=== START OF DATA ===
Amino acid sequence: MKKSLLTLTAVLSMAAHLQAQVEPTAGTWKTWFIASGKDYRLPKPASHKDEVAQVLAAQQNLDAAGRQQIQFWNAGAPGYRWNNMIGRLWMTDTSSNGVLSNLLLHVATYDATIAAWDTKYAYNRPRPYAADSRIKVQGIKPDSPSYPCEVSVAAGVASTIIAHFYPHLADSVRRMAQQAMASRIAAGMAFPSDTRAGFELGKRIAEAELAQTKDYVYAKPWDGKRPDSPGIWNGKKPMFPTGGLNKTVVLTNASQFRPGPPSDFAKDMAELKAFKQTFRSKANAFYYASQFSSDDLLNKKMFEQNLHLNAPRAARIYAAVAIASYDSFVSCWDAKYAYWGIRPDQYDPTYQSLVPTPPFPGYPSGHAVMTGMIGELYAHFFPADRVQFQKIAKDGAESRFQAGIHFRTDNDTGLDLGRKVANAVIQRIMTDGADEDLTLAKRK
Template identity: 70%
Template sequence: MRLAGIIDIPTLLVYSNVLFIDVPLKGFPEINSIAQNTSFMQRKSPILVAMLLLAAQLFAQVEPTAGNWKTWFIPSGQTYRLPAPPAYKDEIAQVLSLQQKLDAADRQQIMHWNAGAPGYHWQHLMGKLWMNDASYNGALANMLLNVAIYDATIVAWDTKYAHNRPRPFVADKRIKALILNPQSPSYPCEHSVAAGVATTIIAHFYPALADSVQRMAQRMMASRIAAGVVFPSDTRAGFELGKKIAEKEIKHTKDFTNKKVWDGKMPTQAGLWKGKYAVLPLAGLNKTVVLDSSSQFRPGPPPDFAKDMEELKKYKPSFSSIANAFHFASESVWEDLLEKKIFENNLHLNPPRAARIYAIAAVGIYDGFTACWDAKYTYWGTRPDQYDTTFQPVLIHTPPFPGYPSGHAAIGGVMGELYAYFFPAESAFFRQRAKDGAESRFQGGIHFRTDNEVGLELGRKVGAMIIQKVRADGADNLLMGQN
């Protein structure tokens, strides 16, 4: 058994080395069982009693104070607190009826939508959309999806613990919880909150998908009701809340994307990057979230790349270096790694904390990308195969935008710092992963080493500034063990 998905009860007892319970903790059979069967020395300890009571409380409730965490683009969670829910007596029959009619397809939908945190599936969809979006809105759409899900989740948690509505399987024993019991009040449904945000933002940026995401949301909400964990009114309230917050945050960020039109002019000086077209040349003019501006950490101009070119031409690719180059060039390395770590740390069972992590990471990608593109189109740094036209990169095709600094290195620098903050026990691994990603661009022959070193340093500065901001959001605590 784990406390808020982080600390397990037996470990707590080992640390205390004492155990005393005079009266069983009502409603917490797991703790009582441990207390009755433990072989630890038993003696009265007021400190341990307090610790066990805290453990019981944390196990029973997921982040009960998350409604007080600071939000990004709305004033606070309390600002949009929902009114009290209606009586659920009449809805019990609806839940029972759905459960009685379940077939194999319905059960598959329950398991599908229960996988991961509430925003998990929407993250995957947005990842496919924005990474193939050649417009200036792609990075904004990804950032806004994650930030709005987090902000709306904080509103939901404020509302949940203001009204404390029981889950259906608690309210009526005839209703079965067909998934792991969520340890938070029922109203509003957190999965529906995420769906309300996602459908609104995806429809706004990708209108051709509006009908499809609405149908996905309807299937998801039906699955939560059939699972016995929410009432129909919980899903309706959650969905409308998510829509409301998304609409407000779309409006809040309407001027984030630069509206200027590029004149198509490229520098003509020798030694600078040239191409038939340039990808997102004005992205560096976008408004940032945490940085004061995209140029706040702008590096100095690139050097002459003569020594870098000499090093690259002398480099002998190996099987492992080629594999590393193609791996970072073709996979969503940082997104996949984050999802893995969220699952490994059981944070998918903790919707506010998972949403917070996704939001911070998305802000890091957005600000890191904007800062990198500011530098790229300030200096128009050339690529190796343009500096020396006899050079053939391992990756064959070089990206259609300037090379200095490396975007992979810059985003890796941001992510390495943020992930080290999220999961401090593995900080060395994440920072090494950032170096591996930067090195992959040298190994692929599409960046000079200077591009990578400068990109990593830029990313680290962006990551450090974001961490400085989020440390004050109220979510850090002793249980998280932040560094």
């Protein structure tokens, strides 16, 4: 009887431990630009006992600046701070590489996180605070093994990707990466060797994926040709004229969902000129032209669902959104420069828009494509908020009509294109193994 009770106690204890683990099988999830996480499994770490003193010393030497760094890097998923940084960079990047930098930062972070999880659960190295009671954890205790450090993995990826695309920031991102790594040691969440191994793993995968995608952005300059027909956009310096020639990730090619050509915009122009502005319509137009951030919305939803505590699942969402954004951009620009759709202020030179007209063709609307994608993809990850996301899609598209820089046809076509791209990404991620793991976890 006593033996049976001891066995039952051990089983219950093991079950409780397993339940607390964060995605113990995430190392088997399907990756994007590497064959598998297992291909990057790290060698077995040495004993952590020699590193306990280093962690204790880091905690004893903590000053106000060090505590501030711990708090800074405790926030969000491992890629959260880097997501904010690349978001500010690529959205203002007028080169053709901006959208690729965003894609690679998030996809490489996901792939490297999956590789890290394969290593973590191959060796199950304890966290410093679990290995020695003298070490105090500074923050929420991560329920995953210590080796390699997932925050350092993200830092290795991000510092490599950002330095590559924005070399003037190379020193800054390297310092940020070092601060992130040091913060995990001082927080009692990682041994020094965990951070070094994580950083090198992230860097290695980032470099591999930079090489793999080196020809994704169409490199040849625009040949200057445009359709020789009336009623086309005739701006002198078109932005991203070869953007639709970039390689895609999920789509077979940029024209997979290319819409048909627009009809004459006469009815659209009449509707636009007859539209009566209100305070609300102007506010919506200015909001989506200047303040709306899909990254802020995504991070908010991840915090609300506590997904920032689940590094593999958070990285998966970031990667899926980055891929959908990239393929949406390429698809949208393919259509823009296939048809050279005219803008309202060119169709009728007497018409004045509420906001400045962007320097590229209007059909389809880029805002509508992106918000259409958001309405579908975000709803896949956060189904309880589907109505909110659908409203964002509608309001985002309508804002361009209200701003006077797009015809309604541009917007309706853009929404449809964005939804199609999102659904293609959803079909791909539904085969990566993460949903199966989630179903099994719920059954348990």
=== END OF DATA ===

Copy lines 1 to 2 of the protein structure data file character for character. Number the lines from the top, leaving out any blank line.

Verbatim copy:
Amino acid sequence: MKKSLLTLTAVLSMAAHLQAQVEPTAGTWKTWFIASGKDYRLPKPASHKDEVAQVLAAQQNLDAAGRQQIQFWNAGAPGYRWNNMIGRLWMTDTSSNGVLSNLLLHVATYDATIAAWDTKYAYNRPRPYAADSRIKVQGIKPDSPSYPCEVSVAAGVASTIIAHFYPHLADSVRRMAQQAMASRIAAGMAFPSDTRAGFELGKRIAEAELAQTKDYVYAKPWDGKRPDSPGIWNGKKPMFPTGGLNKTVVLTNASQFRPGPPSDFAKDMAELKAFKQTFRSKANAFYYASQFSSDDLLNKKMFEQNLHLNAPRAARIYAAVAIASYDSFVSCWDAKYAYWGIRPDQYDPTYQSLVPTPPFPGYPSGHAVMTGMIGELYAHFFPADRVQFQKIAKDGAESRFQAGIHFRTDNDTGLDLGRKVANAVIQRIMTDGADEDLTLAKRK
Template identity: 70%